Mobile World Congress Canceled Due To Coronavirus

Mobile World Congress Canceled Due To Coronavirus

The Mobile World Congress (MWC), one of the world’s largest tech shows that features over 100,000 participants each year, has been canceled due to fears over the Coronavirus. Organizers are now asking that the tech community absorb some of the financial hit, according to a report by Bloomberg.

The decision to cancel the event was reportedly a difficult one to make, but ultimately the organizers felt it was necessary to prioritize public health. The industry body that runs the event, the GSMA, is asking the technology and telecom companies that were planning to participate to band together to absorb the losses incurred from the cancellation.

The MWC was scheduled to run from Feb. 24 to Feb. 27. Many companies have already spent money on flights, hotels, booths and tickets for the event, which would have carried an admission price of $872. The GSMA said it wasn’t sure what, if anything, would be able to be refunded.

“We’re looking for solidarity and everybody bearing their own costs,” said Mats Granryd, the director general of the GSMA. “We’re an NGO and we don’t make a profit. We don’t have huge amounts of funds, and all our proceeds are funneled back into the industry.”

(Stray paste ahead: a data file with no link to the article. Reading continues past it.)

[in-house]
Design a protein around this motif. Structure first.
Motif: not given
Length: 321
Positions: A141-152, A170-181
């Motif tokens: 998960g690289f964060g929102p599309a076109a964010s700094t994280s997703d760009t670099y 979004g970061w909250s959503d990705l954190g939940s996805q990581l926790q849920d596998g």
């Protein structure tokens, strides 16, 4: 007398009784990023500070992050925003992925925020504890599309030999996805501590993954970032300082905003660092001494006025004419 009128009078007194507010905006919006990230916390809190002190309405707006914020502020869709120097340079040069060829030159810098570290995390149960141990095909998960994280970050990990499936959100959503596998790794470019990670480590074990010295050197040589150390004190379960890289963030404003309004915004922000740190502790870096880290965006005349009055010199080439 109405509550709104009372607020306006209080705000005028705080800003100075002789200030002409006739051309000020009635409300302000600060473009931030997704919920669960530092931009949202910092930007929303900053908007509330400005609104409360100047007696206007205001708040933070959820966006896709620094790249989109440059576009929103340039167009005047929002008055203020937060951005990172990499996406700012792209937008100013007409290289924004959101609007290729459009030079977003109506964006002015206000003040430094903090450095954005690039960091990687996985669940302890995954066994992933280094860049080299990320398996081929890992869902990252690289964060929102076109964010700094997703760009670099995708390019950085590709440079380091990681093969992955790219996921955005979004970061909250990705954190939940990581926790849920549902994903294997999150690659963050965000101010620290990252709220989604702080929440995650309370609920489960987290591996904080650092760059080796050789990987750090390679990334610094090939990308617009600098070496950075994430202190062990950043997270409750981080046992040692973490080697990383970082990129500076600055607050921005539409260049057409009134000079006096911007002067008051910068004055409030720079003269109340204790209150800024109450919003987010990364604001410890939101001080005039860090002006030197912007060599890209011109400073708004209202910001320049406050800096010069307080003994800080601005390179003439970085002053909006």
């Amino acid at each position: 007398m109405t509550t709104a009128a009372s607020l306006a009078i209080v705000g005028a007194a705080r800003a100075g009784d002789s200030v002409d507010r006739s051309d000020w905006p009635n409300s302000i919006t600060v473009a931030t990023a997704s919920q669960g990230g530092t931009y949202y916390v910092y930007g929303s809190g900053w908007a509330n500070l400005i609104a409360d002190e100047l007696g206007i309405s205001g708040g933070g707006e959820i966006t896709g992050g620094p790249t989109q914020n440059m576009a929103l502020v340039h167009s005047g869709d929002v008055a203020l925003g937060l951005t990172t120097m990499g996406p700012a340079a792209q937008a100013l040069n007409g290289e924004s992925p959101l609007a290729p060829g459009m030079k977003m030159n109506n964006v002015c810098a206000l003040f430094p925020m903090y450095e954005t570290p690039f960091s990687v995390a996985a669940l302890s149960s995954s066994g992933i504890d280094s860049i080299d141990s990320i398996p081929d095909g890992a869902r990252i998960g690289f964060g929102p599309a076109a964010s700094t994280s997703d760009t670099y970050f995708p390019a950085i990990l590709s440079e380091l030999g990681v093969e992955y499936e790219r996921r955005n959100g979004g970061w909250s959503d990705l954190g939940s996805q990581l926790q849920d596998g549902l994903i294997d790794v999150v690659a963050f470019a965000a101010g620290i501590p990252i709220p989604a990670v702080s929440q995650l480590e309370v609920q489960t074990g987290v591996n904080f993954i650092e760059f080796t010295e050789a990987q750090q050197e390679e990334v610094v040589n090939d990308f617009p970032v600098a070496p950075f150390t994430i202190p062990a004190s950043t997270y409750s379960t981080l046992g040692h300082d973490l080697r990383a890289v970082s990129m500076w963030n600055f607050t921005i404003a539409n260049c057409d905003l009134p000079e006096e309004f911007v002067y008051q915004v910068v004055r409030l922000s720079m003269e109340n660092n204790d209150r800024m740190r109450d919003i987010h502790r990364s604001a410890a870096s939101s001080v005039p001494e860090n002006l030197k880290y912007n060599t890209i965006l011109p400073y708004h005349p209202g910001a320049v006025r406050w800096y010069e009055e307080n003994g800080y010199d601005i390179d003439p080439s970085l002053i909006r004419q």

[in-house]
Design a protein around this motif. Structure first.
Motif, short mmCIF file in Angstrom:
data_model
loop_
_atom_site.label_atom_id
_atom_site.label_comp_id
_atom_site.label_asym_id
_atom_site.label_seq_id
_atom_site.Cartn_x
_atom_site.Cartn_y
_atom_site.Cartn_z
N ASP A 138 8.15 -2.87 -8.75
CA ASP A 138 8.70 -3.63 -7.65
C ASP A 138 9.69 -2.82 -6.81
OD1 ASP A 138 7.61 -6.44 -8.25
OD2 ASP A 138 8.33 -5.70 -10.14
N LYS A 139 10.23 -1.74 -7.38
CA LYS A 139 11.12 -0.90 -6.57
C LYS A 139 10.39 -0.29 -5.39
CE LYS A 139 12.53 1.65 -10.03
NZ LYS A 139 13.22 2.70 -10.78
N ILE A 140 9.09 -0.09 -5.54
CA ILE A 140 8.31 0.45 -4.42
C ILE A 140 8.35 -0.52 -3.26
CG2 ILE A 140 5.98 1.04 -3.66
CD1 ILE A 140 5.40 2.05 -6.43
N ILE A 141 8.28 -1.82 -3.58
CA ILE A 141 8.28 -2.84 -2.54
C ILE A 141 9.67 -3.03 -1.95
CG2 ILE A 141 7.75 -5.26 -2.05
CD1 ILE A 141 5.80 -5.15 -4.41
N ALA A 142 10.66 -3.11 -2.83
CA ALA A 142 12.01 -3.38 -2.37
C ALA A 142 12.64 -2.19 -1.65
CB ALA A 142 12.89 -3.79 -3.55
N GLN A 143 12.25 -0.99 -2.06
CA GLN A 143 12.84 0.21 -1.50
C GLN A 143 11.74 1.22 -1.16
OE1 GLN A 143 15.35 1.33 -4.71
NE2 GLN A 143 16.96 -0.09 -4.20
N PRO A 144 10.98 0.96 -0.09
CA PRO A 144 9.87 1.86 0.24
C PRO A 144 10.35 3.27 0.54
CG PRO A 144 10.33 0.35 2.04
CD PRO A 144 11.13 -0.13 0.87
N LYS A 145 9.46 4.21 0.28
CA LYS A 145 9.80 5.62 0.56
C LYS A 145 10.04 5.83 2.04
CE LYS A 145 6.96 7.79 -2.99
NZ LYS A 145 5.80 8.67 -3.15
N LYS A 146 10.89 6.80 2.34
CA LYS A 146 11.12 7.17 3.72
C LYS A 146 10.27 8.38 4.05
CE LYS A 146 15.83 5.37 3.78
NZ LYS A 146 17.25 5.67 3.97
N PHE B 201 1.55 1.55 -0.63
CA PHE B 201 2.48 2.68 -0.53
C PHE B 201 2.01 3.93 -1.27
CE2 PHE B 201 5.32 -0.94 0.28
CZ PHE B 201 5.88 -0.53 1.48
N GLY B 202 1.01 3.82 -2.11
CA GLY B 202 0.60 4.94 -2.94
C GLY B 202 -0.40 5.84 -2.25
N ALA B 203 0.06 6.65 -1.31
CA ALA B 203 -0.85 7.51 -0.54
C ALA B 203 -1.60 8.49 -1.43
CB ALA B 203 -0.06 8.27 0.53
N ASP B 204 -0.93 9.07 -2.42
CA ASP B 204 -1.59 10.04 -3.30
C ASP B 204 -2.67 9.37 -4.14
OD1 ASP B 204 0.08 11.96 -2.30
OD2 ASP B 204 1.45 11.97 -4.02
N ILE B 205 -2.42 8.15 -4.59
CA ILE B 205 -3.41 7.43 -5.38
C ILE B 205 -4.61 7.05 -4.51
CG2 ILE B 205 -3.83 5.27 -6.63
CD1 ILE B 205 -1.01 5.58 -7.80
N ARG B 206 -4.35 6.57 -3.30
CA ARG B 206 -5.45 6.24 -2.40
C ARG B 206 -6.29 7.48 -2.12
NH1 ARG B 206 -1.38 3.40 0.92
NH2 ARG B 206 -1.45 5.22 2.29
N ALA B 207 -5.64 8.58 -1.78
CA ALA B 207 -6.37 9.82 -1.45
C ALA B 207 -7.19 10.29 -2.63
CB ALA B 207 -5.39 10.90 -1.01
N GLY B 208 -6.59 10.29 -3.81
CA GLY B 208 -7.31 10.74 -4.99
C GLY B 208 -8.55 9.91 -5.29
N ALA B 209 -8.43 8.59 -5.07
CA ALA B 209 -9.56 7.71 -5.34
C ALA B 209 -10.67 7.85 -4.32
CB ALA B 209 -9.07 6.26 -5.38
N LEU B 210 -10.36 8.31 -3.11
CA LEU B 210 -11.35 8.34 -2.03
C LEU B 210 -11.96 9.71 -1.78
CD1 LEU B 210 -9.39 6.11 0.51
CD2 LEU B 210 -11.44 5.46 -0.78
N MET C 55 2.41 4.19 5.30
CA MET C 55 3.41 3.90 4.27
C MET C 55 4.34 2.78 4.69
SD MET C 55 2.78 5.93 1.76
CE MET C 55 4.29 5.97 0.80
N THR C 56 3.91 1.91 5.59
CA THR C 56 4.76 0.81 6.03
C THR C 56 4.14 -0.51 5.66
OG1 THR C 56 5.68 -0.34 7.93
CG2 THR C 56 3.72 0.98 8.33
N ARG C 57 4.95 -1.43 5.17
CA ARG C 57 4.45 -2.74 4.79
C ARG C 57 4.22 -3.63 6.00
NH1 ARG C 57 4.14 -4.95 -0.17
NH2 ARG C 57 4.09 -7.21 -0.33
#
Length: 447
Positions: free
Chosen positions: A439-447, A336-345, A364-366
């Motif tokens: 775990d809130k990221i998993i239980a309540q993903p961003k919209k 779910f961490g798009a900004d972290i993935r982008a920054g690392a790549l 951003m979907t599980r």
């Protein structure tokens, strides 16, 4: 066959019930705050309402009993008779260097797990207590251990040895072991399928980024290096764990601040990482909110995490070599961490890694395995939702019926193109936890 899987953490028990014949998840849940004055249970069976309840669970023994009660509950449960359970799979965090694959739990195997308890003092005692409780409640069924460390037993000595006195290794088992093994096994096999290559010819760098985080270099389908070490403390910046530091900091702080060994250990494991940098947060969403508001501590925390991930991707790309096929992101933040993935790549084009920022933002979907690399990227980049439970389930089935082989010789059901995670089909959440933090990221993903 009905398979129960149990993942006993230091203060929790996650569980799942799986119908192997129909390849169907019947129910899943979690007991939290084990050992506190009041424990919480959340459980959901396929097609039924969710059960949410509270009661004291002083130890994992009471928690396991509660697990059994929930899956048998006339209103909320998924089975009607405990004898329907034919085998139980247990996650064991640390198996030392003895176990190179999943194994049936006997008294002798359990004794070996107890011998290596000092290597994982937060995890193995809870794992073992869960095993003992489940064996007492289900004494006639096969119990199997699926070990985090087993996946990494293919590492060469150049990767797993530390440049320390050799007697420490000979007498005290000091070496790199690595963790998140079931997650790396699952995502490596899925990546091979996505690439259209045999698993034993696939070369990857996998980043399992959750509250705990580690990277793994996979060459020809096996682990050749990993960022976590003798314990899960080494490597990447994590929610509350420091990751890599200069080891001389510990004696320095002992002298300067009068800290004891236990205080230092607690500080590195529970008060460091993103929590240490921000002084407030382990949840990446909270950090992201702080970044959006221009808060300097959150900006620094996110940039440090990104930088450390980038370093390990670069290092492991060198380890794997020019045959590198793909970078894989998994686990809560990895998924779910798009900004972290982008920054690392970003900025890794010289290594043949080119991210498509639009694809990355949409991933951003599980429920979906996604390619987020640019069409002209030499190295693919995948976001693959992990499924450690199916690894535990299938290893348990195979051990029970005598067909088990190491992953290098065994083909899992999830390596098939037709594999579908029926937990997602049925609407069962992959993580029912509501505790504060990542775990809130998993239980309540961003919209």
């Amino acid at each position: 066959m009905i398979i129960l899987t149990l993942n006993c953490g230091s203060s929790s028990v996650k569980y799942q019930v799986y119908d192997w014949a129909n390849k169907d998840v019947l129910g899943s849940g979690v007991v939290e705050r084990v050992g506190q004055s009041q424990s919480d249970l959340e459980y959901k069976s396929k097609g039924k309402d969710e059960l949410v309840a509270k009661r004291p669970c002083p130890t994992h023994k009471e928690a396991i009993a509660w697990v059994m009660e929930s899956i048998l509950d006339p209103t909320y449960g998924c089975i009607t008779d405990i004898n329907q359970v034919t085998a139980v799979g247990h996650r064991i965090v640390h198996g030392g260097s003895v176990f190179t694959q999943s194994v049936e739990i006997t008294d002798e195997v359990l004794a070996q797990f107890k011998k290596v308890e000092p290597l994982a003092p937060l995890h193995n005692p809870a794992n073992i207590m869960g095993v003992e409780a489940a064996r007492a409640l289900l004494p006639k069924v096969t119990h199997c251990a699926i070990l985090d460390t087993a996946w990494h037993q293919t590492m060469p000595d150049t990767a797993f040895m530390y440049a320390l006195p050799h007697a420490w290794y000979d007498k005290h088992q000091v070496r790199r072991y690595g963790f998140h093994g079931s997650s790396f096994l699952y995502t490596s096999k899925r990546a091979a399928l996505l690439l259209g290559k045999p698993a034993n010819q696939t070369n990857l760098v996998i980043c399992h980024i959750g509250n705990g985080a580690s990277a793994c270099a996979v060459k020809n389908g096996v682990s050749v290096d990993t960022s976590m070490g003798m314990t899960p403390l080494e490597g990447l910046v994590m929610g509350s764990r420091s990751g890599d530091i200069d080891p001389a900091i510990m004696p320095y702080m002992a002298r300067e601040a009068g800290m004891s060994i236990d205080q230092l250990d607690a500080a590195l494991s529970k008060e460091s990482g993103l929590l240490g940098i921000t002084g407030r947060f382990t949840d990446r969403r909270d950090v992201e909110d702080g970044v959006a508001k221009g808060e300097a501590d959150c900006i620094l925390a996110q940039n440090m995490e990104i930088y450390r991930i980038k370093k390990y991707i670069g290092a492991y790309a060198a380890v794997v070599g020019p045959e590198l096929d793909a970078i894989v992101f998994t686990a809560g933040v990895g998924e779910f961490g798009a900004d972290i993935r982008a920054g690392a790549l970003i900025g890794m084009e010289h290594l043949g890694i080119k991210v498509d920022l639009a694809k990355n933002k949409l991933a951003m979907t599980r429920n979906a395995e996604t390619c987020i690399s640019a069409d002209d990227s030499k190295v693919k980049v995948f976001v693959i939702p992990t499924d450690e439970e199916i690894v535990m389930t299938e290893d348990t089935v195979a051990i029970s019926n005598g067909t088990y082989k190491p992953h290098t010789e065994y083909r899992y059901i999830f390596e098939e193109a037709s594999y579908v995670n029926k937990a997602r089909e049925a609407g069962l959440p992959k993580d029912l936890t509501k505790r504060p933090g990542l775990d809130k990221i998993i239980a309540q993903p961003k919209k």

There is another MWC event scheduled in Shanghai on June 30, and so far it is set to move forward. “We do need to make a decision shortly, but not just now,” Granryd said. “It’s going ahead as planned, as of now.” The 2021 MWC in Barcelona is already confirmed to be happening.

Many companies spend millions of dollars to exhibit at the show. The GSMA said it held “lengthy debates” about whether to cancel the show, but that the ultimate decision was respected by everyone.

“I think we have salvaged the relationship with them,” Granryd said, “but it is of course a huge financial downturn for them.”



The How We Shop Report, a PYMNTS collaboration with PayPal, aims to understand how consumers of all ages and incomes are shifting to shopping and paying online in the midst of the COVID-19 pandemic. Our research builds on a series of studies conducted since March, surveying more than 16,000 consumers on how their shopping habits and payments preferences are changing as the crisis continues. This report focuses on our latest survey of 2,163 respondents and examines how their increased appetite for online commerce and digital touchless methods, such as QR codes, contactless cards and digital wallets, is poised to shape the post-pandemic economy.